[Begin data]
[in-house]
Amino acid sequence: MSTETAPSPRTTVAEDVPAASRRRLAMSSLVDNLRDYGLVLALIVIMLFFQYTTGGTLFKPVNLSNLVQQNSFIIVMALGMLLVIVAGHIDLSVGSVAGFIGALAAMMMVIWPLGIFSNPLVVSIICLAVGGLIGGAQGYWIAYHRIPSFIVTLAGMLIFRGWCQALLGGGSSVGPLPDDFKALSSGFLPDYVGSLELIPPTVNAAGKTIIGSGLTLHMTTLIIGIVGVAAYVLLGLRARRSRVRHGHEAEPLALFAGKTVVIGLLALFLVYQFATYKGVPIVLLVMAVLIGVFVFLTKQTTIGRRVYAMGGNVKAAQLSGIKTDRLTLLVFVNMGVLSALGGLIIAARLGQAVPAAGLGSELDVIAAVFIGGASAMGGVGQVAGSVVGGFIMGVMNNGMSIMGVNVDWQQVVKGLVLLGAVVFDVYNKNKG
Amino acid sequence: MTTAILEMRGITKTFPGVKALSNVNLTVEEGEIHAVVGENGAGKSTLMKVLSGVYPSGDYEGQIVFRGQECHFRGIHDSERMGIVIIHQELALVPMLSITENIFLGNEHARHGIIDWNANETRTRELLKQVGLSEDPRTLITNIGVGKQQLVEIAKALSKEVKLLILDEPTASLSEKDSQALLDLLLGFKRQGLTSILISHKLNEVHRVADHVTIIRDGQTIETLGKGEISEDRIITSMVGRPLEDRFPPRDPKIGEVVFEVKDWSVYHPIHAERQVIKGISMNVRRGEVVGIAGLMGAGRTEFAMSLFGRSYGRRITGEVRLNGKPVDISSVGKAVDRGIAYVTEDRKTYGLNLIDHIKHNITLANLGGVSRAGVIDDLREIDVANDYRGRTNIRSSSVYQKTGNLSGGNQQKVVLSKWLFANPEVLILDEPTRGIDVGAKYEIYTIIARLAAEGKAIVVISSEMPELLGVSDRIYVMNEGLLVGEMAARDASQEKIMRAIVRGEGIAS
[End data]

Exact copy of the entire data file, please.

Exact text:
[in-house]
Amino acid sequence: MSTETAPSPRTTVAEDVPAASRRRLAMSSLVDNLRDYGLVLALIVIMLFFQYTTGGTLFKPVNLSNLVQQNSFIIVMALGMLLVIVAGHIDLSVGSVAGFIGALAAMMMVIWPLGIFSNPLVVSIICLAVGGLIGGAQGYWIAYHRIPSFIVTLAGMLIFRGWCQALLGGGSSVGPLPDDFKALSSGFLPDYVGSLELIPPTVNAAGKTIIGSGLTLHMTTLIIGIVGVAAYVLLGLRARRSRVRHGHEAEPLALFAGKTVVIGLLALFLVYQFATYKGVPIVLLVMAVLIGVFVFLTKQTTIGRRVYAMGGNVKAAQLSGIKTDRLTLLVFVNMGVLSALGGLIIAARLGQAVPAAGLGSELDVIAAVFIGGASAMGGVGQVAGSVVGGFIMGVMNNGMSIMGVNVDWQQVVKGLVLLGAVVFDVYNKNKG
Amino acid sequence: MTTAILEMRGITKTFPGVKALSNVNLTVEEGEIHAVVGENGAGKSTLMKVLSGVYPSGDYEGQIVFRGQECHFRGIHDSERMGIVIIHQELALVPMLSITENIFLGNEHARHGIIDWNANETRTRELLKQVGLSEDPRTLITNIGVGKQQLVEIAKALSKEVKLLILDEPTASLSEKDSQALLDLLLGFKRQGLTSILISHKLNEVHRVADHVTIIRDGQTIETLGKGEISEDRIITSMVGRPLEDRFPPRDPKIGEVVFEVKDWSVYHPIHAERQVIKGISMNVRRGEVVGIAGLMGAGRTEFAMSLFGRSYGRRITGEVRLNGKPVDISSVGKAVDRGIAYVTEDRKTYGLNLIDHIKHNITLANLGGVSRAGVIDDLREIDVANDYRGRTNIRSSSVYQKTGNLSGGNQQKVVLSKWLFANPEVLILDEPTRGIDVGAKYEIYTIIARLAAEGKAIVVISSEMPELLGVSDRIYVMNEGLLVGEMAARDASQEKIMRAIVRGEGIAS